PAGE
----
Thursday 18 February 2016 12.13pm
Yes, yes and yes.
London's population has been on the up since it hit its low point in 1986. In 1981 Inner london had a population of 2.4 million - and in 2011 it had gone up to 3.2 million - a 33% rise (and continues to rise). - so that's almost a People used to avoid the 'inner city' In particular much of SE1 used to be regarded as particularly grotty corner of London that was rough and 'well avoided'
So in the early 80s the GLC was happy to let students have council flats because at least they'd pay the rent. Some estates - like the Tyers estate just off Bermondsey Street
were full of squatters and in quite poor condition. Nowadays, most of the homes have been sold there.
It's worth looking at the research done by the LSE Cities Unit on the west Bermondsey area in 2006 - there's a lovely graph showing how the predominant type of home has changed http://www.lse.ac.uk/LSECities/citiesProgramme/pdf/housingAndTheCity/1_the_inhabitant.pdf#page=7
Since council house 'right to buy' was introduced in the early 80s, about 17,000 of the 54,000 (about 33%) council homes in Southwark have been sold off - many of which are now privately rented for about 3 times what the council rent would be. Very few council homes have been built since the 80s - the first few new ones are just coming through now.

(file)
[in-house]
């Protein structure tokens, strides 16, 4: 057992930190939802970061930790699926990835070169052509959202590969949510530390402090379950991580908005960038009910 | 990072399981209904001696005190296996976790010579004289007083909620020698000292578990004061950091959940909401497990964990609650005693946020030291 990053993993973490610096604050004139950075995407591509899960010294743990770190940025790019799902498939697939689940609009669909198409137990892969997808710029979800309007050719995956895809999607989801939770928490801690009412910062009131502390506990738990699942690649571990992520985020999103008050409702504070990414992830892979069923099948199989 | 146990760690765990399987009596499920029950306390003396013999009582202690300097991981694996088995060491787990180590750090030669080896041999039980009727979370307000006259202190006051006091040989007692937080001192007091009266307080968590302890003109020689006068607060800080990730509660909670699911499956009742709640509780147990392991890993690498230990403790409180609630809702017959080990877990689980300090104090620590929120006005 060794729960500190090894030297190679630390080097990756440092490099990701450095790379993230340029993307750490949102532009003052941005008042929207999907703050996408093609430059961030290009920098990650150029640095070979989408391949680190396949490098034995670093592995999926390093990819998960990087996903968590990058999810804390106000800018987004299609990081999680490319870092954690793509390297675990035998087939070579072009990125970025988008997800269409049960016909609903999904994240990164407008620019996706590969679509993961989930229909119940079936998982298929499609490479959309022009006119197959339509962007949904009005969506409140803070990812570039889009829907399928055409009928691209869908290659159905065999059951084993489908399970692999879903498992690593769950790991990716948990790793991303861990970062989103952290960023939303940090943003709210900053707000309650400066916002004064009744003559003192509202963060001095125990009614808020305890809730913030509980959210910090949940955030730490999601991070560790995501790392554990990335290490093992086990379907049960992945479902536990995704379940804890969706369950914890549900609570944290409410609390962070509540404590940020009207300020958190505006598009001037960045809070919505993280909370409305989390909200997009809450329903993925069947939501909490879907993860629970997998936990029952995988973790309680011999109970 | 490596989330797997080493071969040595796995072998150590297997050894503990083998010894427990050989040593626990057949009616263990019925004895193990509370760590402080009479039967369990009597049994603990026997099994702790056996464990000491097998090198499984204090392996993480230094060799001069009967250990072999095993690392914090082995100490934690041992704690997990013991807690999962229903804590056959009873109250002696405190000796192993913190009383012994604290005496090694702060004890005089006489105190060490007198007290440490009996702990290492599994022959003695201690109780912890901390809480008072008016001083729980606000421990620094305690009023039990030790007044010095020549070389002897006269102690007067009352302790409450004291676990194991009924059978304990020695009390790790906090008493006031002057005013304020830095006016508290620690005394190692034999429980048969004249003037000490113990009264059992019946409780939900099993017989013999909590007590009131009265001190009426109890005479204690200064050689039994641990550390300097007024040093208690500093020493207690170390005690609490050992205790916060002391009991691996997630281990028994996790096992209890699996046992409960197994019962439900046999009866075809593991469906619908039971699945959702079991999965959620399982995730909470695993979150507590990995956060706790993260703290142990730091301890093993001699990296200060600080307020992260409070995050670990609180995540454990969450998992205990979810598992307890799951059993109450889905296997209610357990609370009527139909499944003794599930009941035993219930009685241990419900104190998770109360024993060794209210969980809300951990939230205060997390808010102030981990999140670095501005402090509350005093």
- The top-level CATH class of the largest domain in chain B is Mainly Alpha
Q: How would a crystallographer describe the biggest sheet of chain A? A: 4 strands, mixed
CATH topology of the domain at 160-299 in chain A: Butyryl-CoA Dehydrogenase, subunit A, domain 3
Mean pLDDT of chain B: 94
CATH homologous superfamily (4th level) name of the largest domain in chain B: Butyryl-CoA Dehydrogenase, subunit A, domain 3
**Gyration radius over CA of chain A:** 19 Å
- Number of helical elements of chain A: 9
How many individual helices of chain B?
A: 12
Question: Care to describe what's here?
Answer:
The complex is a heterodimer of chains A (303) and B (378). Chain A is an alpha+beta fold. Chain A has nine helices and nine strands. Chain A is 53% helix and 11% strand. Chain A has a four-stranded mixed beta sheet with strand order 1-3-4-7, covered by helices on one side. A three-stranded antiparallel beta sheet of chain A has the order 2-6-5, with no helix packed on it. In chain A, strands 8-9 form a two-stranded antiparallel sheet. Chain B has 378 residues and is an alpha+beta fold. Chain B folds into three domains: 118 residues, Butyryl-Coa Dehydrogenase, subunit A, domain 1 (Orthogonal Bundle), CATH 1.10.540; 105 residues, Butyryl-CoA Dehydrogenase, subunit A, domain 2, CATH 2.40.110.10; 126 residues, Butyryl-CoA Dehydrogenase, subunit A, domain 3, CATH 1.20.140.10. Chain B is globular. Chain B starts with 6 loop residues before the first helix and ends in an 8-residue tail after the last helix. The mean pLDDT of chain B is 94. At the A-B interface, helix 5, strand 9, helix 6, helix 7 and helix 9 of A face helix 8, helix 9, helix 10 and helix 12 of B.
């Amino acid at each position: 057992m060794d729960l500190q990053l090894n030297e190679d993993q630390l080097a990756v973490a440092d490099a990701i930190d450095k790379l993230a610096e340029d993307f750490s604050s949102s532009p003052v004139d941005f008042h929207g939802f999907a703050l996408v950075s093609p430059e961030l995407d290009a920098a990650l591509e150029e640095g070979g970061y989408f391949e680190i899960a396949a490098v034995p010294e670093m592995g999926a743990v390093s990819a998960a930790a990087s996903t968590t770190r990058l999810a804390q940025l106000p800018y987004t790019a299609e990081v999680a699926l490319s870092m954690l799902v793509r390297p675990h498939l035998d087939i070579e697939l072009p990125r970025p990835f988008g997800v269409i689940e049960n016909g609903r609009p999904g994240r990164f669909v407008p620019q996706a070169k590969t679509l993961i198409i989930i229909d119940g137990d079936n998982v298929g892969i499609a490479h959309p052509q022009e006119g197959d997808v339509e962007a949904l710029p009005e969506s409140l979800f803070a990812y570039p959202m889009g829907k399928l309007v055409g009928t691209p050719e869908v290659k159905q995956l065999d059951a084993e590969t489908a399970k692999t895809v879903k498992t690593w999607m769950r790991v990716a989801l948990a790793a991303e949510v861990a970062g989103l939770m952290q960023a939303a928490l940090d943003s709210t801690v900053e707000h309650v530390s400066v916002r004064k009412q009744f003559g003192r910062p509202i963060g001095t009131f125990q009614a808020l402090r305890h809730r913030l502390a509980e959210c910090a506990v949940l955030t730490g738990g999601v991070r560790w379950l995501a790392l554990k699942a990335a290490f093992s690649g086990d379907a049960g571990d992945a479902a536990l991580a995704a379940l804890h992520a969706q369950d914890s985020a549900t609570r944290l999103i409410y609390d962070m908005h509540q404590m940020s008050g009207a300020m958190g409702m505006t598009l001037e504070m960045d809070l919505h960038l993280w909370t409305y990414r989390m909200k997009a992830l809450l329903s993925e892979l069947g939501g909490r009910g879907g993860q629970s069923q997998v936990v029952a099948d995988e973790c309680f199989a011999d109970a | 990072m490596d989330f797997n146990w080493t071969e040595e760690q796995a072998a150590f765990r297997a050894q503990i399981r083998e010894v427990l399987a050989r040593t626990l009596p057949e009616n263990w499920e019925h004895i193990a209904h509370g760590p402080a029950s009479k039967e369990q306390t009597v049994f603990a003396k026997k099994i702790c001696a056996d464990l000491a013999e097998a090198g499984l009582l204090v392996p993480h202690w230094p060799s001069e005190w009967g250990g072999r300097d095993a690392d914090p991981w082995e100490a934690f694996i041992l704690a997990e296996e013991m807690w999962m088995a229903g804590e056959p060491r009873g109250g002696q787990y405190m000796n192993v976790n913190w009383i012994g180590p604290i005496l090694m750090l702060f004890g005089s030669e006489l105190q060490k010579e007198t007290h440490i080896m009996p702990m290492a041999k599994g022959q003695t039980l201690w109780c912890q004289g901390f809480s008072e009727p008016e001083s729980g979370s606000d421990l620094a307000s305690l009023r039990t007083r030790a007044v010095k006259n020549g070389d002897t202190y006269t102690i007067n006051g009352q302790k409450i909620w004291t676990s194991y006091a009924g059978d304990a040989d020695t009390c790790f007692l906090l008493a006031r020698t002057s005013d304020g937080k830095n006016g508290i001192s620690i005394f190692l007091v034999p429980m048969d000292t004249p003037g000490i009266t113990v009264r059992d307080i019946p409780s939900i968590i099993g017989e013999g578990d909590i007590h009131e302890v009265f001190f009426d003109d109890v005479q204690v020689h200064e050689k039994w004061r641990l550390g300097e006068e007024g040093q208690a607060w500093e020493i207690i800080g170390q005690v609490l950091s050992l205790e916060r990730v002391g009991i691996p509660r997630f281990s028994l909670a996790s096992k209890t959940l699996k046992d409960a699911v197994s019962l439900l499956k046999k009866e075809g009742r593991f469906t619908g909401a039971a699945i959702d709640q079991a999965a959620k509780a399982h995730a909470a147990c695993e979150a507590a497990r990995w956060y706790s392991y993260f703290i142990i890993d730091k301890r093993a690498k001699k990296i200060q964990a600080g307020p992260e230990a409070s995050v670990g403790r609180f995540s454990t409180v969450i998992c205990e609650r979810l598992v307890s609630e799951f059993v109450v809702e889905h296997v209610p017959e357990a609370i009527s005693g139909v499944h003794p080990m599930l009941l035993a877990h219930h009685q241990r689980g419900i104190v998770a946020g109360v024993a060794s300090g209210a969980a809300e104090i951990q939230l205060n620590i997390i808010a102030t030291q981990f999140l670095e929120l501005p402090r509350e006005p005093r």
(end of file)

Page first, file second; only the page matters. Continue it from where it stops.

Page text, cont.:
So population up 33%, council homes down 32% - it's easy to see the big squeeze here.
And, of course, it's interesting the way you've asked the question. 30 years ago 'ordinary' people expected to live in a council house and not think anything of it - ownership was the exception rather than the rule (and earlier this week the Evening Standard said that that something like two-thirds of London residents would be renters in 10 years time - so we're heading back that way).
Successive governments have sold the public the home ownership dream and made people think of council houses as 'housing of last resort' for the most needy, rather than something there for everyone. The shortage of supply has helped to deliver this as a reality - with council having to let strictly on need.
Look at it this way - with about 20,000 people on the Southwark waiting list at the moment, if those 17,000 council homes that were sold were suddenly available for rent then the waiting list would almost completely disappear.
So a complicated picture - both in terms of policy, but also social and economic changes over the last 30 years.
Hope this helps